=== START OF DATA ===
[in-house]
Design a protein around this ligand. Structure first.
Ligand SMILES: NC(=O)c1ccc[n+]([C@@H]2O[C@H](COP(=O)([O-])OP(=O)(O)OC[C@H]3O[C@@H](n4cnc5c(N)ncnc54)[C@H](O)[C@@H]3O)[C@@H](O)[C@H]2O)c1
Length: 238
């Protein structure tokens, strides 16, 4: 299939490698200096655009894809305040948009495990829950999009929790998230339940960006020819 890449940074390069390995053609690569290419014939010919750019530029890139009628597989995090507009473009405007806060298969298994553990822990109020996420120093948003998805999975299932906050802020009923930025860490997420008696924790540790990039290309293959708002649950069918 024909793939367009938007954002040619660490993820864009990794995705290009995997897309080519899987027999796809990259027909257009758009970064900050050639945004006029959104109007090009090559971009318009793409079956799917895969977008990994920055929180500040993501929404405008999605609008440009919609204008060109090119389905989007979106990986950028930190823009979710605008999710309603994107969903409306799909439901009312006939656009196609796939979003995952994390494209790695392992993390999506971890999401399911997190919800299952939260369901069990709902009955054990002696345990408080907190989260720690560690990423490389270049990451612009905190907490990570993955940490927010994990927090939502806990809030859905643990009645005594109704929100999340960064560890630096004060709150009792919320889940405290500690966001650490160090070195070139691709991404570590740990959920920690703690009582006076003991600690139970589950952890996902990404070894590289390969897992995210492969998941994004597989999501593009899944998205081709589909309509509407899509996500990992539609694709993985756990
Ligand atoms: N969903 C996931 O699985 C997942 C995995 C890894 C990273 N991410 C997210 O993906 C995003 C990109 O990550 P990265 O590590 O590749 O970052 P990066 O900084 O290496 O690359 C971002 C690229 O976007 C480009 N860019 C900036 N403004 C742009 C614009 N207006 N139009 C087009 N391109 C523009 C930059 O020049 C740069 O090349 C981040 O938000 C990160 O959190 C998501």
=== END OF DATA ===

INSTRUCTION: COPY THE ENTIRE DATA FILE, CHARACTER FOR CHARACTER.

[in-house]
Design a protein around this ligand. Structure first.
Ligand SMILES: NC(=O)c1ccc[n+]([C@@H]2O[C@H](COP(=O)([O-])OP(=O)(O)OC[C@H]3O[C@@H](n4cnc5c(N)ncnc54)[C@H](O)[C@@H]3O)[C@@H](O)[C@H]2O)c1
Length: 238
């Protein structure tokens, strides 16, 4: 299939490698200096655009894809305040948009495990829950999009929790998230339940960006020819 890449940074390069390995053609690569290419014939010919750019530029890139009628597989995090507009473009405007806060298969298994553990822990109020996420120093948003998805999975299932906050802020009923930025860490997420008696924790540790990039290309293959708002649950069918 024909793939367009938007954002040619660490993820864009990794995705290009995997897309080519899987027999796809990259027909257009758009970064900050050639945004006029959104109007090009090559971009318009793409079956799917895969977008990994920055929180500040993501929404405008999605609008440009919609204008060109090119389905989007979106990986950028930190823009979710605008999710309603994107969903409306799909439901009312006939656009196609796939979003995952994390494209790695392992993390999506971890999401399911997190919800299952939260369901069990709902009955054990002696345990408080907190989260720690560690990423490389270049990451612009905190907490990570993955940490927010994990927090939502806990809030859905643990009645005594109704929100999340960064560890630096004060709150009792919320889940405290500690966001650490160090070195070139691709991404570590740990959920920690703690009582006076003991600690139970589950952890996902990404070894590289390969897992995210492969998941994004597989999501593009899944998205081709589909309509509407899509996500990992539609694709993985756990
Ligand atoms: N969903 C996931 O699985 C997942 C995995 C890894 C990273 N991410 C997210 O993906 C995003 C990109 O990550 P990265 O590590 O590749 O970052 P990066 O900084 O290496 O690359 C971002 C690229 O976007 C480009 N860019 C900036 N403004 C742009 C614009 N207006 N139009 C087009 N391109 C523009 C930059 O020049 C740069 O090349 C981040 O938000 C990160 O959190 C998501």